Russia's leverage over Ukraine's export of grain via the Black Sea will likely erode in weeks to come as more ships are able to leave Ukrainian ports and rising costs could prompt Moscow to reconsider its abandonment of the grain deal, a senior US State Department official said.
James O'Brien, head of the State Department Office of Sanctions Coordination, said leaders at the UN General Assembly this week discussed efforts to revive the deal, which Russia abandoned in July.
Western countries have accused Russia of using food as a weapon of war by quitting the Black Sea deal, which had helped bring down global food prices, and then carrying out repeated air strikes on Ukrainian ports and grain stores.
"A couple of factors are going to ... affect their calculation. One is that their leverage will decline. Ukraine's already now had a few ships leave and stay in territorial waters," O'Brien said of Moscow's thinking on the Black Sea Grain Initiative.
He said the second factor was that Russia's pricing would be hurt by its attacks on Ukrainian ships, which leads to insurers raising rates and Moscow's costs going up.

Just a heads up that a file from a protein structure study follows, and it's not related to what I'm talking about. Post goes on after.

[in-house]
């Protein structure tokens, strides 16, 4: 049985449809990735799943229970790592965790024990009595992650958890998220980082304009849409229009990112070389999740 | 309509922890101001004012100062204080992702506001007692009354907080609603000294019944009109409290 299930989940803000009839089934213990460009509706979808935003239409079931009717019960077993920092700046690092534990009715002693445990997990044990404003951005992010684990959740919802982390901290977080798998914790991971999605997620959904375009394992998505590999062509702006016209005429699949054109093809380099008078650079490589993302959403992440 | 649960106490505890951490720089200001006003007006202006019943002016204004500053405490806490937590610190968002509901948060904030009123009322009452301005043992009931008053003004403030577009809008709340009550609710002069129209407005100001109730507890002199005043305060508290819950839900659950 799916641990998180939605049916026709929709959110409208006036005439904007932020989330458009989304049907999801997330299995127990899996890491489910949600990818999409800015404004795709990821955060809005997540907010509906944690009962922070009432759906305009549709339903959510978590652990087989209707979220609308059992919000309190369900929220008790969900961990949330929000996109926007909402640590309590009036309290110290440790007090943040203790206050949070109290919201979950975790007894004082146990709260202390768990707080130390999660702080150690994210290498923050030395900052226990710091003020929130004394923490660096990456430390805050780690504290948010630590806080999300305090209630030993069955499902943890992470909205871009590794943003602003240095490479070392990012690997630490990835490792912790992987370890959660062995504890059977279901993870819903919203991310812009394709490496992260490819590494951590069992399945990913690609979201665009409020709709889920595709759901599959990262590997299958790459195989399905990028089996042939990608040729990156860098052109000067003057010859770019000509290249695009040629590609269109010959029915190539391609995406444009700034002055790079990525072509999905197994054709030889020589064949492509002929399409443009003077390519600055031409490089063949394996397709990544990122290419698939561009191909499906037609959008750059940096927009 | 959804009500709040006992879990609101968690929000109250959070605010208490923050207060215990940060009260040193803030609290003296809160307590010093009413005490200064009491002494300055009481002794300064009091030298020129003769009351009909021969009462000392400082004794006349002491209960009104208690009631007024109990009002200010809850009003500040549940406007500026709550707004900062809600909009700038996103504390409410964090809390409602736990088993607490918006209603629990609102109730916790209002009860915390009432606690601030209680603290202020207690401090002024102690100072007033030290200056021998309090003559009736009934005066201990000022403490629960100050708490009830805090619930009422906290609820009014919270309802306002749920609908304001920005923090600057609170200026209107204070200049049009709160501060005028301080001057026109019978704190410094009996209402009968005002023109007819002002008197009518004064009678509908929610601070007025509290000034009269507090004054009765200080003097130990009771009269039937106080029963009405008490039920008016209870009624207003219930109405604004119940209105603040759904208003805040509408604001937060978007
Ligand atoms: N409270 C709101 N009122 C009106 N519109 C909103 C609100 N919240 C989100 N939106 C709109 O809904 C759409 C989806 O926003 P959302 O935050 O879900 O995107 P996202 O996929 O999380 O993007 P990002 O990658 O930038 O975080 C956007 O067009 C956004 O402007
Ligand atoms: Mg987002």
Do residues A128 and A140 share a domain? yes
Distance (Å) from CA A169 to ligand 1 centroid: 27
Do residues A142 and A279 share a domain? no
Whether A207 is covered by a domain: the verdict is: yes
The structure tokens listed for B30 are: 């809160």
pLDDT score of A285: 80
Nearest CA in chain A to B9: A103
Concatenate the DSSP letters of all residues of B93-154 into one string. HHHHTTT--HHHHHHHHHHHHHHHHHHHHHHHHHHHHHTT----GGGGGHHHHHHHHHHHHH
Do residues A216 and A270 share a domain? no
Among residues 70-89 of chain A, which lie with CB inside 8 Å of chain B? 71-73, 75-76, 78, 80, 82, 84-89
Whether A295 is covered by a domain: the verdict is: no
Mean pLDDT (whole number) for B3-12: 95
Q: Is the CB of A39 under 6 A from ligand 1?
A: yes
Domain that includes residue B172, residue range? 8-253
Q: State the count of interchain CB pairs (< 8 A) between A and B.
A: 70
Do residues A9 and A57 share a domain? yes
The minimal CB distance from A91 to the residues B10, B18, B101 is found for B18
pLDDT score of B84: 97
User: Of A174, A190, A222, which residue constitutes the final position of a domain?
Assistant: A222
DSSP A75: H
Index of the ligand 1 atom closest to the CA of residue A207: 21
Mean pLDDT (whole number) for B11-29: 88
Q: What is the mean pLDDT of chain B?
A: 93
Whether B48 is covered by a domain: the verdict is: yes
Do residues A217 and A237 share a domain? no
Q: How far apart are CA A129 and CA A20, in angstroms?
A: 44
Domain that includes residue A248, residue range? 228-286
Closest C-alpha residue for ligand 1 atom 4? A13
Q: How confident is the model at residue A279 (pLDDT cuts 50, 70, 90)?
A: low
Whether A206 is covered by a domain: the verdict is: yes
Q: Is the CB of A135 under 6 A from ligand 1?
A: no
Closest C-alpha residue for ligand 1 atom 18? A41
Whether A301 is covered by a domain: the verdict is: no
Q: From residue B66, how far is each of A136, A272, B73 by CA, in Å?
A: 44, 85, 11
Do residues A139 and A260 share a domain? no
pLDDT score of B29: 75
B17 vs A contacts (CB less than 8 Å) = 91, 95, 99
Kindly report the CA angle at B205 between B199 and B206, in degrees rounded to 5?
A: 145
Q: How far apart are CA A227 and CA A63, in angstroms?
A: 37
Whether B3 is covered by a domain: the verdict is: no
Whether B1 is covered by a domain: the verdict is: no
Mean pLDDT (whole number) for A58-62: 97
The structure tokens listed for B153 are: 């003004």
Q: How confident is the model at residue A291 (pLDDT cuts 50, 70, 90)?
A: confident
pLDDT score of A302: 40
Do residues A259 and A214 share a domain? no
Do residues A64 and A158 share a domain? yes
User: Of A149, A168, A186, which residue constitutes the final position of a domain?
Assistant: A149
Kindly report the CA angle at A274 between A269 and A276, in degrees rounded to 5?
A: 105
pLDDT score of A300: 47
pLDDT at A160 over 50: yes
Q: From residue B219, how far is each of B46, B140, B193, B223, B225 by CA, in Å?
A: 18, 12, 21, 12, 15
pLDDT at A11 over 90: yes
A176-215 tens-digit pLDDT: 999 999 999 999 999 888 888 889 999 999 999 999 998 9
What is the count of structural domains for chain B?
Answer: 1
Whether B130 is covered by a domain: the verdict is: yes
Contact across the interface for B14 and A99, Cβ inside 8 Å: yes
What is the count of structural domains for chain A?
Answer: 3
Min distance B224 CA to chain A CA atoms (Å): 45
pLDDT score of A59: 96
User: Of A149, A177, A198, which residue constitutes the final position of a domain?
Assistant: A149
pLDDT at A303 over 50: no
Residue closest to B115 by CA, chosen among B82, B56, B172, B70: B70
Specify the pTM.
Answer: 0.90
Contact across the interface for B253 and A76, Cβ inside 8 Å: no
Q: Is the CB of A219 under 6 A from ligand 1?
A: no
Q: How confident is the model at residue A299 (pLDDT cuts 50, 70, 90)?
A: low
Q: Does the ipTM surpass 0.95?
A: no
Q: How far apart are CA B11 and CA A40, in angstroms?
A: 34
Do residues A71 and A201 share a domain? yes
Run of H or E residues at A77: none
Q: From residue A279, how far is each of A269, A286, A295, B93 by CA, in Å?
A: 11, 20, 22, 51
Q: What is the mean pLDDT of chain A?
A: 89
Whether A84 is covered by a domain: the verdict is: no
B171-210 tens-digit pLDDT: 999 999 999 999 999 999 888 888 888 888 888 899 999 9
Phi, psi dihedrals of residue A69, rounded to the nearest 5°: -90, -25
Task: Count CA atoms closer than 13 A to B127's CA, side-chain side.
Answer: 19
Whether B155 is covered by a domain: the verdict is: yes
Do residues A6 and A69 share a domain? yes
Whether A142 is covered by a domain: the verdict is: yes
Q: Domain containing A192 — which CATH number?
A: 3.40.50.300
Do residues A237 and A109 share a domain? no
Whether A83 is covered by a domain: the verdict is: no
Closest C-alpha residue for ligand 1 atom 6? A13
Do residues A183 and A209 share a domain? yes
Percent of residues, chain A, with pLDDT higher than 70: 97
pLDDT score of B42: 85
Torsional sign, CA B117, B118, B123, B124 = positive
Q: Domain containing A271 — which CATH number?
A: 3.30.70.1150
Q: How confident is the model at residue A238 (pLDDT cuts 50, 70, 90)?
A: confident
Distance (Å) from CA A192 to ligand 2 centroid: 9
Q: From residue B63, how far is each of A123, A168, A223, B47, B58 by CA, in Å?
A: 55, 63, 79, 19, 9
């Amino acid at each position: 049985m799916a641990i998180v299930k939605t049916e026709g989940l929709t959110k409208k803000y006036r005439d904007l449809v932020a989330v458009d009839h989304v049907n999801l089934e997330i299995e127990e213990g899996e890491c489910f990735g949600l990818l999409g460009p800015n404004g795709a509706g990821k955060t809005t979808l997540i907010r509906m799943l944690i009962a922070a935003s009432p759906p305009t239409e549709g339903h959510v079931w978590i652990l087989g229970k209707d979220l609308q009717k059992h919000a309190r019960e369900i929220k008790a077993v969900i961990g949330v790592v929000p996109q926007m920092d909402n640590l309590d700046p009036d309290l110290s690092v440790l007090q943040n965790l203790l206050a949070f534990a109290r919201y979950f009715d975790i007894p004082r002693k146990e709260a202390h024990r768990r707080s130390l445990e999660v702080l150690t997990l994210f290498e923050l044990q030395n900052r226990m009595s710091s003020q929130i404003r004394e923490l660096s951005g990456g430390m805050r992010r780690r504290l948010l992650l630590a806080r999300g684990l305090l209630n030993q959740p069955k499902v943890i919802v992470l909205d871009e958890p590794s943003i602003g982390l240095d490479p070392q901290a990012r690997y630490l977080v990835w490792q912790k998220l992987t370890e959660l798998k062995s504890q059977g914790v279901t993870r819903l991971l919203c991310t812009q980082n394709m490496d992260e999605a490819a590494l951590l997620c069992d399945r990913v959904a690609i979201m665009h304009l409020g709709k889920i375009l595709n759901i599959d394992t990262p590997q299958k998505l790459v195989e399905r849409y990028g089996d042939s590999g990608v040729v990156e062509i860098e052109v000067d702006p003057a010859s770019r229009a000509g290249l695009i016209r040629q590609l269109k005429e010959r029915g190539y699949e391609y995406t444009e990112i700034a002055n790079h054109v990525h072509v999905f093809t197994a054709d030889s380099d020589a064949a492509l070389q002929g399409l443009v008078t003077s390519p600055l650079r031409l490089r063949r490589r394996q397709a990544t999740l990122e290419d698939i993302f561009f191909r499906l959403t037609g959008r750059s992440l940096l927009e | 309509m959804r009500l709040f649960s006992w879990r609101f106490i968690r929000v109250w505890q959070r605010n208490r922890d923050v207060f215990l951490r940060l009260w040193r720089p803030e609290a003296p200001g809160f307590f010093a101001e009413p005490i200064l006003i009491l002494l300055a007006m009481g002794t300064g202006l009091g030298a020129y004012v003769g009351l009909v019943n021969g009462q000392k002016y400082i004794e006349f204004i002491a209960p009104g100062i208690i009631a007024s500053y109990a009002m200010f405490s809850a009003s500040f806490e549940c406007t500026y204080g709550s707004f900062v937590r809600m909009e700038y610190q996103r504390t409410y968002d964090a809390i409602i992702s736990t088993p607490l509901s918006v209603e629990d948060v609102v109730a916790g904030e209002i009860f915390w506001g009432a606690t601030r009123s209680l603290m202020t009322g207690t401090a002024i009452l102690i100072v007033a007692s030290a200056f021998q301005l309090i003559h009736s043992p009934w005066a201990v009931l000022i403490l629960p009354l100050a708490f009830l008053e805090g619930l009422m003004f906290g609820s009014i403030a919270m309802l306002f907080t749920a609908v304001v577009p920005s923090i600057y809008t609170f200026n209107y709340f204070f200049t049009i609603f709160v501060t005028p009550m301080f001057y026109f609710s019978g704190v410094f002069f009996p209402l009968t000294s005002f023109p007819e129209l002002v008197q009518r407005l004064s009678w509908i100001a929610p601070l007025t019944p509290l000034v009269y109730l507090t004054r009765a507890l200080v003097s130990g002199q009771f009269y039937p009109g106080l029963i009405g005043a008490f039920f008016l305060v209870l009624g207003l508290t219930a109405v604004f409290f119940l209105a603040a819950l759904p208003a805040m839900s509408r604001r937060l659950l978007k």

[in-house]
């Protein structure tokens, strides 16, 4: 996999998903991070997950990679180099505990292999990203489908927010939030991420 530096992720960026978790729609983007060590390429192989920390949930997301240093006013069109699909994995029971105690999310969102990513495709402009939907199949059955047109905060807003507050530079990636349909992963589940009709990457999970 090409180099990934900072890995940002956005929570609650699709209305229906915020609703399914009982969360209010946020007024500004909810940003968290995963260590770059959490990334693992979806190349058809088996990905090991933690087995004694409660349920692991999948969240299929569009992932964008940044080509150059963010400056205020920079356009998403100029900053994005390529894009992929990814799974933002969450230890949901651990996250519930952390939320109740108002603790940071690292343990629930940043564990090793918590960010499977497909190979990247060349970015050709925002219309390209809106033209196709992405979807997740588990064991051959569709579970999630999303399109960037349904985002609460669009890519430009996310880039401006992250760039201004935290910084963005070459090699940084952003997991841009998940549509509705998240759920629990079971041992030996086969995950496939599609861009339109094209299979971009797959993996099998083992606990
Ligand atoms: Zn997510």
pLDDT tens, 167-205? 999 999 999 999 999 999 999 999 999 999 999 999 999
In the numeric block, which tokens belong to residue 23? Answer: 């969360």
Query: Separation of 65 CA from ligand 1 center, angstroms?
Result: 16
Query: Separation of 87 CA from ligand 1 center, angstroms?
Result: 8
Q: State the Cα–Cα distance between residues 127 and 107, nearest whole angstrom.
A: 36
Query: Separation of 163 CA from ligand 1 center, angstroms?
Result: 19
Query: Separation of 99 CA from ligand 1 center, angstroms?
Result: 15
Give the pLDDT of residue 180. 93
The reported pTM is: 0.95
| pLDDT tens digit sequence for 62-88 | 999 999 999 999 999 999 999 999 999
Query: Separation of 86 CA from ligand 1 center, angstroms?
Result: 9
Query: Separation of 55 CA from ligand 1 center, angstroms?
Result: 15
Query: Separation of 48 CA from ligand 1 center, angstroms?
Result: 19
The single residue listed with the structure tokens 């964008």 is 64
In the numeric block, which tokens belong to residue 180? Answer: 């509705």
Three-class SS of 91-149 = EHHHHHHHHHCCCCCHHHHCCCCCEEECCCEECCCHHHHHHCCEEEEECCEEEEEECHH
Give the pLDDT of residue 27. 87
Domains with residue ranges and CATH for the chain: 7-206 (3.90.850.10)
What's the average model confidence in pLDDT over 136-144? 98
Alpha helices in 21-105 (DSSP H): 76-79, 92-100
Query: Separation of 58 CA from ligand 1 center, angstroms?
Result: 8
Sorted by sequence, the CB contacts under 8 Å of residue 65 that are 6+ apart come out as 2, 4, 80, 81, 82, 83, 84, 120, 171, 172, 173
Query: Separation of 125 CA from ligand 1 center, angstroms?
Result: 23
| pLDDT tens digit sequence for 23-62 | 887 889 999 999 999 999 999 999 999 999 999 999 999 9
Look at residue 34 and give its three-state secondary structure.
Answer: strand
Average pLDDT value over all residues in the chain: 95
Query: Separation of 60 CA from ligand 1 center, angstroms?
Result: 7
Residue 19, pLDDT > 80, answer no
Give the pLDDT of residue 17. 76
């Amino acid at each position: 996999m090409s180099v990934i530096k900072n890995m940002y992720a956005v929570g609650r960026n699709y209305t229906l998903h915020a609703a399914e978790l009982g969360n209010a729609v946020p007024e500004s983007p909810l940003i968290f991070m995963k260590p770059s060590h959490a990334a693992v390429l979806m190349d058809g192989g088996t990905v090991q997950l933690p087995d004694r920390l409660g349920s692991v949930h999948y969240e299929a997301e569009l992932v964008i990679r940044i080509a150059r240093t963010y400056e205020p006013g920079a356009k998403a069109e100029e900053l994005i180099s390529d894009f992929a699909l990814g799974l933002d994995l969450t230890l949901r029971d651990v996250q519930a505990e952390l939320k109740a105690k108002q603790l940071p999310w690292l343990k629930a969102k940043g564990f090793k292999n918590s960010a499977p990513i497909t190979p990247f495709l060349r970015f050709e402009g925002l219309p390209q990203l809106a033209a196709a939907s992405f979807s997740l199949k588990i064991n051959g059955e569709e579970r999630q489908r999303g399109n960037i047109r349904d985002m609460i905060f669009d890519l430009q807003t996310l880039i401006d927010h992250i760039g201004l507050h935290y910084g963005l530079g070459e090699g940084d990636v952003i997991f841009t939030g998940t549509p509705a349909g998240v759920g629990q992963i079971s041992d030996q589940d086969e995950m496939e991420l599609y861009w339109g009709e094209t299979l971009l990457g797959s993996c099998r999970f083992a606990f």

"Over the next several weeks, I think the factors that led Russia to believe it would benefit from withdrawing are going to change."
Russia quit the grain deal, brokered by the UN and Türkiye in 2022, saying that its own food and fertiliser exports, while not subject to Western sanctions, faced obstacles and that not enough Ukrainian grain was going to countries in need.
Ukrainian ports across the Danube River have since become a vital export corridor for Ukrainian grain, and Russia has targeted the route with regular air strikes.
Ukraine last month announced a 'humanitarian corridor' to release ships trapped in its ports and to circumvent a de facto blockade.